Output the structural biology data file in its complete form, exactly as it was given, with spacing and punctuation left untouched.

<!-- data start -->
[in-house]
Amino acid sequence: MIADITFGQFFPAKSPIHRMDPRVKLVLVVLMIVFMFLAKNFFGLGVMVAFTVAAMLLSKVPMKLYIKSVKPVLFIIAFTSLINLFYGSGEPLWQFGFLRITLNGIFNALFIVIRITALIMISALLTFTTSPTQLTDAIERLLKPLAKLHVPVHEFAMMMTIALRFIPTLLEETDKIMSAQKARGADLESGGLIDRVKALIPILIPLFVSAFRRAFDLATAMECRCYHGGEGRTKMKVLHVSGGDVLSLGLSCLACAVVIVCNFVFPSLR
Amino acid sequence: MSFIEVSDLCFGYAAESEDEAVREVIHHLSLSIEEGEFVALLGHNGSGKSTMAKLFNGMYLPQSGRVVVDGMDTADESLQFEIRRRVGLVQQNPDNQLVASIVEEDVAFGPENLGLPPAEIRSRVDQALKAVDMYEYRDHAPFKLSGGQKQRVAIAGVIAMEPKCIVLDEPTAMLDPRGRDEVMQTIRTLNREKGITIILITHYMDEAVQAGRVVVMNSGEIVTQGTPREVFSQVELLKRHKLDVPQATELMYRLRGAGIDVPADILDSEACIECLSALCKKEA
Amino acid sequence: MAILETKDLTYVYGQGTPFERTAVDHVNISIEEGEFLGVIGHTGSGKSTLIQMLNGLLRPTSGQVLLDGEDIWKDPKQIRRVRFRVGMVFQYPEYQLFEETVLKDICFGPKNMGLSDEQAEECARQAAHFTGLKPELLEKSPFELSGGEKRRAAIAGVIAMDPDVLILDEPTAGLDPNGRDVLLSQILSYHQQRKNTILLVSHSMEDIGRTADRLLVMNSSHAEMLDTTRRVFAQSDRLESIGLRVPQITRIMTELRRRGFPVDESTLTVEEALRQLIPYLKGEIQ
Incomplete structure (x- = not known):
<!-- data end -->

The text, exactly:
[in-house]
Amino acid sequence: MIADITFGQFFPAKSPIHRMDPRVKLVLVVLMIVFMFLAKNFFGLGVMVAFTVAAMLLSKVPMKLYIKSVKPVLFIIAFTSLINLFYGSGEPLWQFGFLRITLNGIFNALFIVIRITALIMISALLTFTTSPTQLTDAIERLLKPLAKLHVPVHEFAMMMTIALRFIPTLLEETDKIMSAQKARGADLESGGLIDRVKALIPILIPLFVSAFRRAFDLATAMECRCYHGGEGRTKMKVLHVSGGDVLSLGLSCLACAVVIVCNFVFPSLR
Amino acid sequence: MSFIEVSDLCFGYAAESEDEAVREVIHHLSLSIEEGEFVALLGHNGSGKSTMAKLFNGMYLPQSGRVVVDGMDTADESLQFEIRRRVGLVQQNPDNQLVASIVEEDVAFGPENLGLPPAEIRSRVDQALKAVDMYEYRDHAPFKLSGGQKQRVAIAGVIAMEPKCIVLDEPTAMLDPRGRDEVMQTIRTLNREKGITIILITHYMDEAVQAGRVVVMNSGEIVTQGTPREVFSQVELLKRHKLDVPQATELMYRLRGAGIDVPADILDSEACIECLSALCKKEA
Amino acid sequence: MAILETKDLTYVYGQGTPFERTAVDHVNISIEEGEFLGVIGHTGSGKSTLIQMLNGLLRPTSGQVLLDGEDIWKDPKQIRRVRFRVGMVFQYPEYQLFEETVLKDICFGPKNMGLSDEQAEECARQAAHFTGLKPELLEKSPFELSGGEKRRAAIAGVIAMDPDVLILDEPTAGLDPNGRDVLLSQILSYHQQRKNTILLVSHSMEDIGRTADRLLVMNSSHAEMLDTTRRVFAQSDRLESIGLRVPQITRIMTELRRRGFPVDESTLTVEEALRQLIPYLKGEIQ
Incomplete structure (x- = not known):